kristof.beyls created D53691: Introduce bug life cycle documentation..
Oct 25 2018, 2:26 AM
kristof.beyls added a comment to D53190: ARM: avoid infinite combining loop.

I guess you're mainly asking review on this to get opinions on the approach to introduce new pseudo instructions just to avoid cycles during DAG combining and/or lowering?
From the patch, I furthermore guess that introducing a new pseudo leads to quite a bit of code duplication/violations of the "don't-repeat-yourself" principle in the instruction matching patterns?

Oct 25 2018, 1:24 AM

Oct 12 2018

kristof.beyls added inline comments to D53121: [Driver] Add defaults for Android ARM FPUs..
Oct 12 2018, 1:44 AM

Oct 11 2018

kristof.beyls updated subscribers of D53121: [Driver] Add defaults for Android ARM FPUs..

This LGTM, but we should wait to hear from Kristof before submitting.

Oct 11 2018, 1:33 AM

Sep 21 2018

kristof.beyls added a comment to D52341: [mctoll] Initial changes for MC to LL raiser that takes a binary and raises it back to llvm bitcode.

Hi Aaron,

Sep 21 2018, 12:15 AM

Sep 19 2018

kristof.beyls added a reviewer for D52258: Fix for bug 34002: olista01.
Sep 19 2018, 12:32 AM

Sep 18 2018

kristof.beyls added a comment to D51862: [LNT] more pep8 code style fixes.

I'm also using pycodestyle 2.4.0. The error/warning was not about raw strings in regexps, rather illegal escape sequences, i.e.:

.\lnt\server\db\regression.py:58:20: W605 invalid escape sequence '\d'

I think using raw strings is better than using something like \\d.

Btw, I doubt that I can commit to llvm repo, so I need somebody to commit this for me. Thanks!

Sep 18 2018, 3:06 AM

Sep 7 2018

kristof.beyls added a reviewer for D51780: ARM: align loops to 4 bytes on Cortex-M3 and Cortex-M4.: SjoerdMeijer.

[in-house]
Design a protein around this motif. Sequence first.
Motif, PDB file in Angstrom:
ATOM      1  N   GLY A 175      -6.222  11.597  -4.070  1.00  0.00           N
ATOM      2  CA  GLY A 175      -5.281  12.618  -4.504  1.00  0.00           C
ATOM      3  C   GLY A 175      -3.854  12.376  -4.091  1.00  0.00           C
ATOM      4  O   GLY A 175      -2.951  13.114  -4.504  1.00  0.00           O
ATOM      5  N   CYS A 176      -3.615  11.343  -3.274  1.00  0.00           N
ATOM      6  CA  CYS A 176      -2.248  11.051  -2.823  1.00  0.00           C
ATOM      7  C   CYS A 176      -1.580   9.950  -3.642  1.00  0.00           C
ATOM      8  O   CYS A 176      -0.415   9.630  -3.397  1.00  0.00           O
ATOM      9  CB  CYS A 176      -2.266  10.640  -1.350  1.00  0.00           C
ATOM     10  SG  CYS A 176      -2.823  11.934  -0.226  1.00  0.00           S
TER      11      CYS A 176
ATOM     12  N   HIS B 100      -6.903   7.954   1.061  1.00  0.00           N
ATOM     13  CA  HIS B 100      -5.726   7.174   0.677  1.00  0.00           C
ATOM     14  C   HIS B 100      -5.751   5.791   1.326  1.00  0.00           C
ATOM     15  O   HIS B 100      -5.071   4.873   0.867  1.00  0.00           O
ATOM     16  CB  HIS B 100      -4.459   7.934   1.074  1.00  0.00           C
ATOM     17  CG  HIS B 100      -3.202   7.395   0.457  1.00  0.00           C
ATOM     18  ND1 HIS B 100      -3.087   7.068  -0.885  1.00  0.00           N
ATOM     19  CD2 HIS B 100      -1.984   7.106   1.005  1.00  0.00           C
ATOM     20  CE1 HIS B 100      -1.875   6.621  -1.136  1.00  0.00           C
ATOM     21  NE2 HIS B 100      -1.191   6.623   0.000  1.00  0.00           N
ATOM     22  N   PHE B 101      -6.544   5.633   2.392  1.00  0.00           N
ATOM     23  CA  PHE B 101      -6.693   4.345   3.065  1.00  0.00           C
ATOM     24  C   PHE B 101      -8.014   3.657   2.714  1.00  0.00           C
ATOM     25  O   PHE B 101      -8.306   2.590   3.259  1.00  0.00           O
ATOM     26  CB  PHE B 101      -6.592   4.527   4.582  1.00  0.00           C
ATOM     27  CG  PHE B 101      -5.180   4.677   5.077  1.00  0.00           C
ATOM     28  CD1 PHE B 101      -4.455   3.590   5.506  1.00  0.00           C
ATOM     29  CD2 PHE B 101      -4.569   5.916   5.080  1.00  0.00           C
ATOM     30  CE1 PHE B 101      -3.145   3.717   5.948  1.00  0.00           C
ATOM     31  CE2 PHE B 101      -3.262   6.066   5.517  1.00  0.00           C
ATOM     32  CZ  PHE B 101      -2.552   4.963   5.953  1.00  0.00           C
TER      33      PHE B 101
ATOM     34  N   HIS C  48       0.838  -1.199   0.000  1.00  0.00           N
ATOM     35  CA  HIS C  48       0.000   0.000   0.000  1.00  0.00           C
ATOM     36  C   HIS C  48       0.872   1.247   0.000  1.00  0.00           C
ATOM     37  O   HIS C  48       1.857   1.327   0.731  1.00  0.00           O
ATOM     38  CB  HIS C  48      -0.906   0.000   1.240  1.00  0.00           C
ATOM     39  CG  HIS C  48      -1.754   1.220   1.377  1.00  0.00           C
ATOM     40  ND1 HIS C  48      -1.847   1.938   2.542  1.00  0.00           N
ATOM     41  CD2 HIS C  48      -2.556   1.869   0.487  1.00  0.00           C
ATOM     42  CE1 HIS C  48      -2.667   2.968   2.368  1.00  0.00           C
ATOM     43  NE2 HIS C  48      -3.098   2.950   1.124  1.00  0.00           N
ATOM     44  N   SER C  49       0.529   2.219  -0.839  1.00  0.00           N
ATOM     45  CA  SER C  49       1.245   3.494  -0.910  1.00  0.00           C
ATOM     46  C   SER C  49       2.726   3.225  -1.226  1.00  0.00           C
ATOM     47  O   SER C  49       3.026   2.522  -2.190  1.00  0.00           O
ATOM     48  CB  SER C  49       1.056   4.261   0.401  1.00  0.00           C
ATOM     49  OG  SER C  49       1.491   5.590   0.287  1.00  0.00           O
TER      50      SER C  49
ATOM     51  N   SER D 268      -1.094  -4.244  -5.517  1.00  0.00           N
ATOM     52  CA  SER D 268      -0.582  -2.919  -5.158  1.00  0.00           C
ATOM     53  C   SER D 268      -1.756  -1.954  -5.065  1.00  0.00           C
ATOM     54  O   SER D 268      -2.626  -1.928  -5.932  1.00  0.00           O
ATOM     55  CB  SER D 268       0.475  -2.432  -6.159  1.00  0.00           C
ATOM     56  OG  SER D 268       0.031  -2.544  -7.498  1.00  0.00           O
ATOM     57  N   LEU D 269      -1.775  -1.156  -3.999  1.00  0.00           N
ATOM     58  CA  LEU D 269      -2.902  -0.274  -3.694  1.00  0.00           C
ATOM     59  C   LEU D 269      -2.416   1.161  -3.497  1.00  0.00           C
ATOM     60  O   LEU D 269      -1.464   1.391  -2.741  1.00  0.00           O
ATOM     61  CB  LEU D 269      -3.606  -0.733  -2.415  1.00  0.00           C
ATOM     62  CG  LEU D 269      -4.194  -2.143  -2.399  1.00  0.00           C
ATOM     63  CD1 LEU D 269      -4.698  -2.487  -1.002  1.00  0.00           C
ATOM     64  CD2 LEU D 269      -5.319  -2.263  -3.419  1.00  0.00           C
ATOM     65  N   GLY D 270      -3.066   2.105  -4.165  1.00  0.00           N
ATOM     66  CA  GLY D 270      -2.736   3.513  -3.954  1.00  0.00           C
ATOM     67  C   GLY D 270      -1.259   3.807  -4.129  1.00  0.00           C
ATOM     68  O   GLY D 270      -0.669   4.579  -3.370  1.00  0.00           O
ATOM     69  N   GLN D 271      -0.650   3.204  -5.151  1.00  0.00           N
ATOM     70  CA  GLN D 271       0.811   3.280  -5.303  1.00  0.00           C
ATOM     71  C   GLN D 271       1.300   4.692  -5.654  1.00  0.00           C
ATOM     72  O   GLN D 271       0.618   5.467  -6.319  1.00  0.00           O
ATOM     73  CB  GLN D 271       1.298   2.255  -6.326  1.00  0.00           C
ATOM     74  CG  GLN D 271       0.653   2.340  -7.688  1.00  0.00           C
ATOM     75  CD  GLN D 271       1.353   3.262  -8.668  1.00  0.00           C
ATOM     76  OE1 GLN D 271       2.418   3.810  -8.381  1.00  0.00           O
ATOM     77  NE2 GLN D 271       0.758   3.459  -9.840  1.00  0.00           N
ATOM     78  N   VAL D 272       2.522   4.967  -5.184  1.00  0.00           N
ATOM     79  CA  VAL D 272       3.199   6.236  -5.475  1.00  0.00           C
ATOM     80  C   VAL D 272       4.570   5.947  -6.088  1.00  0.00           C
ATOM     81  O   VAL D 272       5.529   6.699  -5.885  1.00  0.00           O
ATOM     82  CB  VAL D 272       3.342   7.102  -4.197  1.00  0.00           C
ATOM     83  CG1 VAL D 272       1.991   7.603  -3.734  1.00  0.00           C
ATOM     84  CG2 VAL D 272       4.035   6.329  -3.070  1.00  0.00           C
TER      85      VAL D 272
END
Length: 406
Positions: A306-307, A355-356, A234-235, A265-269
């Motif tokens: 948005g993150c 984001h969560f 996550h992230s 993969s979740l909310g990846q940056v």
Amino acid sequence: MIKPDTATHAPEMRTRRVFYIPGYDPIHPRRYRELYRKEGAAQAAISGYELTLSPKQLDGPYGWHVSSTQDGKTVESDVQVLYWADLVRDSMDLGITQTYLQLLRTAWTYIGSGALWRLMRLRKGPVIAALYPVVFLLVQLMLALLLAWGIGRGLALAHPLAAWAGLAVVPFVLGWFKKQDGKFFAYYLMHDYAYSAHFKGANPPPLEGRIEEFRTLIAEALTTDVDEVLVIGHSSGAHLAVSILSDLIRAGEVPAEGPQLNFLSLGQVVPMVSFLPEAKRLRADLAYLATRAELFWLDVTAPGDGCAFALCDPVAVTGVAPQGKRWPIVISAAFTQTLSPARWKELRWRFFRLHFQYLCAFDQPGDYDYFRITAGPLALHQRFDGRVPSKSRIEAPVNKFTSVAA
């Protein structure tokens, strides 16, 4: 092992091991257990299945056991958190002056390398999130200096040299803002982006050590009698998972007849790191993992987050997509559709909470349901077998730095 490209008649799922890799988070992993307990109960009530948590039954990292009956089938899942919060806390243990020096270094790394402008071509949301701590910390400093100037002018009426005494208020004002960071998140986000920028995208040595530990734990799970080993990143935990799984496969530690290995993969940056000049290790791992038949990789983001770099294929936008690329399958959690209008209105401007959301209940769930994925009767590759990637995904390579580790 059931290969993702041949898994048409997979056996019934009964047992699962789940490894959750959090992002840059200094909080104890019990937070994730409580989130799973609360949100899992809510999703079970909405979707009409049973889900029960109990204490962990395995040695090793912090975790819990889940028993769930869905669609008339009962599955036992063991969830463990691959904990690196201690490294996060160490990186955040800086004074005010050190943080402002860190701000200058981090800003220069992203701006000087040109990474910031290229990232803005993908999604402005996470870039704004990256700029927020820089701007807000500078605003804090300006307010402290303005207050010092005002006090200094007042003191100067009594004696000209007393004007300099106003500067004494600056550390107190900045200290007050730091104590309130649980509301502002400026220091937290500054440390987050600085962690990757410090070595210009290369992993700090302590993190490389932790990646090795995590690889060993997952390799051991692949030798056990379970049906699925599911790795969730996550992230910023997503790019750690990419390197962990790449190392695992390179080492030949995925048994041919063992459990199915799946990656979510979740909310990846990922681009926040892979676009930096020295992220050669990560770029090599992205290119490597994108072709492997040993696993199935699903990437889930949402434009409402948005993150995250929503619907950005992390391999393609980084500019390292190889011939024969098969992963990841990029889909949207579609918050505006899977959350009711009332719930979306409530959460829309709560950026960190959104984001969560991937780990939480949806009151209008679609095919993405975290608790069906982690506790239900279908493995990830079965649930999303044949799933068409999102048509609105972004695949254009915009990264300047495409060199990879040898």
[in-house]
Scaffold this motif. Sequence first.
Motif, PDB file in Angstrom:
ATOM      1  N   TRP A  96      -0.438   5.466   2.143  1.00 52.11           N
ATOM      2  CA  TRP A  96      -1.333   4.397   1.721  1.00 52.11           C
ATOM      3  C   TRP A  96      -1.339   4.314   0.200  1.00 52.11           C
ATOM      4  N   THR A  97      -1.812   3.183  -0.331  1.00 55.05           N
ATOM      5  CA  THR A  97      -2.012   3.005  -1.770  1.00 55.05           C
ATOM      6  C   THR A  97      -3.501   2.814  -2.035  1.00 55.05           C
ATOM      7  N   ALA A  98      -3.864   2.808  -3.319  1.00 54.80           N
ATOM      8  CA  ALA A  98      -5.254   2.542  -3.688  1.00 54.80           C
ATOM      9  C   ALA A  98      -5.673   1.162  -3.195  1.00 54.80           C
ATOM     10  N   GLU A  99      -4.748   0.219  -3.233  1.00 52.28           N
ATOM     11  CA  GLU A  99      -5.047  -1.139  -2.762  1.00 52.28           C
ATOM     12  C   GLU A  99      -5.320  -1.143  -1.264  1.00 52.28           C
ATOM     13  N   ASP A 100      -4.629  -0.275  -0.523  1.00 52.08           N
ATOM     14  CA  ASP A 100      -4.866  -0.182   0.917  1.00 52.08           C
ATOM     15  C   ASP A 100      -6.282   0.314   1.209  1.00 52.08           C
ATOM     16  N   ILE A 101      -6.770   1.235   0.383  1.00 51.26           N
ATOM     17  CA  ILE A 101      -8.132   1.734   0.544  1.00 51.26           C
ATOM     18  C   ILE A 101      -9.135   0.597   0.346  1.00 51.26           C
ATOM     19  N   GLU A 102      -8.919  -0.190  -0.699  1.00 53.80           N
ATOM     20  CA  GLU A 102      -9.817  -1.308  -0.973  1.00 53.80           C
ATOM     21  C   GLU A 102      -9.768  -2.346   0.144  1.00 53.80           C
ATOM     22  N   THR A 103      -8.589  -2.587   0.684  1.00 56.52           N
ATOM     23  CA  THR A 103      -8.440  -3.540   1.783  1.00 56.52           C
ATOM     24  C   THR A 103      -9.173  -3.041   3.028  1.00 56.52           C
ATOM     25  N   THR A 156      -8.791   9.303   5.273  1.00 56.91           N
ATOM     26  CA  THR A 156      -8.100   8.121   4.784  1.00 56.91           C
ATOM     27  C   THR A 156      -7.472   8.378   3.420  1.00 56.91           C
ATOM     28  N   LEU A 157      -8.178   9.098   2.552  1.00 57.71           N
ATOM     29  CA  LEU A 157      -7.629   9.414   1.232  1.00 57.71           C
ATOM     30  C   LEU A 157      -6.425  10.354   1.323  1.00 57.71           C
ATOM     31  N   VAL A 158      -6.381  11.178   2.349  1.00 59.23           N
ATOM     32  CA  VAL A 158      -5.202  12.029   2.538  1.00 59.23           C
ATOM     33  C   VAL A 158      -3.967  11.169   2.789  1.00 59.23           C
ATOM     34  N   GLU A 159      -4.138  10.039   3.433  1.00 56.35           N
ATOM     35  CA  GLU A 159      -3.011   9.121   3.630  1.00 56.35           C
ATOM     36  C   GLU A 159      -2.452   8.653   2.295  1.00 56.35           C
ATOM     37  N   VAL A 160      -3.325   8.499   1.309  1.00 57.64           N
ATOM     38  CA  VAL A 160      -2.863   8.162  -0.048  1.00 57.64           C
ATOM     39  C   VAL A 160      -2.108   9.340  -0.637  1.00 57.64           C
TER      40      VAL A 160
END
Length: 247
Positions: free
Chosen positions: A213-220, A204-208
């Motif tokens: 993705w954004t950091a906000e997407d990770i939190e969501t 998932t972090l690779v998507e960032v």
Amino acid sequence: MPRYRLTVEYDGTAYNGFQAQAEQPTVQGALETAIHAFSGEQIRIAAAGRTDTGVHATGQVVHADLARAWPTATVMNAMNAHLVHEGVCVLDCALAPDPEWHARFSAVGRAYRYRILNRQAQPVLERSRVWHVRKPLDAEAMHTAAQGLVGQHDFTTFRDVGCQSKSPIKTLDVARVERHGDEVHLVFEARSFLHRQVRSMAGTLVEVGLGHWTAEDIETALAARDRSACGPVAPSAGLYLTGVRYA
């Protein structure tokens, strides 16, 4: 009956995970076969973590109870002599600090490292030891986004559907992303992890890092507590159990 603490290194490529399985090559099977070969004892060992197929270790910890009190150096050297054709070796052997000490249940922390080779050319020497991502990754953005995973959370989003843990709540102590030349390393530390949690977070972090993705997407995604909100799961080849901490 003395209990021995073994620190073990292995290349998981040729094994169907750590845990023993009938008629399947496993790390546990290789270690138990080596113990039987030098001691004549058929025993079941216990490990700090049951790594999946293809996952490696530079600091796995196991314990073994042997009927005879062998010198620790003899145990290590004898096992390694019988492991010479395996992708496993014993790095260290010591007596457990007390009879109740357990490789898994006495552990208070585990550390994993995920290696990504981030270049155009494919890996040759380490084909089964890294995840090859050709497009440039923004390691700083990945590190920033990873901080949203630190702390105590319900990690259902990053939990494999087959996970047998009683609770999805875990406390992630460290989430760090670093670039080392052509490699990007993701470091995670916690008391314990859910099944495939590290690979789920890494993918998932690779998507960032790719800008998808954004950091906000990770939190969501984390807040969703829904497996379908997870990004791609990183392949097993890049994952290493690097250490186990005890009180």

Sep 7 2018, 5:40 AM

Sep 6 2018

kristof.beyls added inline comments to D48580: [AArch64] Support reserving x1-7 registers..
Sep 6 2018, 2:24 AM

Aug 30 2018

kristof.beyls accepted D51465: Revamp test-suite documentation.

I am as excited by this as the other reviewers.
Thank you very much for this, Matthias!

Aug 30 2018, 5:50 AM

Aug 27 2018

kristof.beyls accepted D51157: [x86/SLH] Add a real Clang flag and LLVM IR attribute for Speculative Load Hardening..

I'm not an expert on many of the areas touched by this patch, but it looks fine from me from a high-level point-of-view, modulo a few nits I have on a few comments.

Aug 27 2018, 5:18 AM

Aug 23 2018

kristof.beyls added inline comments to D51157: [x86/SLH] Add a real Clang flag and LLVM IR attribute for Speculative Load Hardening..
Aug 23 2018, 11:15 PM

Jul 10 2018

kristof.beyls updated the summary of D49073: Introducing __builtin_speculation_safe_value.
Jul 10 2018, 1:14 AM

Jul 9 2018

kristof.beyls updated the diff for D49072: Enable automatic mitigation against control flow speculation..

update diff with full context

Jul 9 2018, 4:58 AM
kristof.beyls added a child revision for D49070: Introduce llvm.speculation_safe_value intrinsic.: D49073: Introducing __builtin_speculation_safe_value.
Jul 9 2018, 4:50 AM
kristof.beyls added a parent revision for D49073: Introducing __builtin_speculation_safe_value: D49070: Introduce llvm.speculation_safe_value intrinsic..
Jul 9 2018, 4:50 AM
kristof.beyls created D49073: Introducing __builtin_speculation_safe_value.
Jul 9 2018, 4:49 AM
kristof.beyls added a parent revision for D49072: Enable automatic mitigation against control flow speculation.: D49071: Enable lowering of llvm.speculation_safe_value to DSB/ISB pair..
Jul 9 2018, 4:46 AM
kristof.beyls added a child revision for D49071: Enable lowering of llvm.speculation_safe_value to DSB/ISB pair.: D49072: Enable automatic mitigation against control flow speculation..
Jul 9 2018, 4:46 AM
kristof.beyls created D49072: Enable automatic mitigation against control flow speculation..
Jul 9 2018, 4:46 AM
kristof.beyls removed a child revision for D41761: Introduce llvm.nospeculateload intrinsic: D49071: Enable lowering of llvm.speculation_safe_value to DSB/ISB pair..
Jul 9 2018, 4:44 AM
kristof.beyls edited parent revisions for D49071: Enable lowering of llvm.speculation_safe_value to DSB/ISB pair., added: 1; removed: 1.
Jul 9 2018, 4:44 AM
kristof.beyls added a child revision for D49070: Introduce llvm.speculation_safe_value intrinsic.: D49071: Enable lowering of llvm.speculation_safe_value to DSB/ISB pair..
Jul 9 2018, 4:44 AM
kristof.beyls added a child revision for D41761: Introduce llvm.nospeculateload intrinsic: D49071: Enable lowering of llvm.speculation_safe_value to DSB/ISB pair..
Jul 9 2018, 4:43 AM
kristof.beyls added a parent revision for D49071: Enable lowering of llvm.speculation_safe_value to DSB/ISB pair.: D41761: Introduce llvm.nospeculateload intrinsic.
Jul 9 2018, 4:43 AM
kristof.beyls created D49071: Enable lowering of llvm.speculation_safe_value to DSB/ISB pair..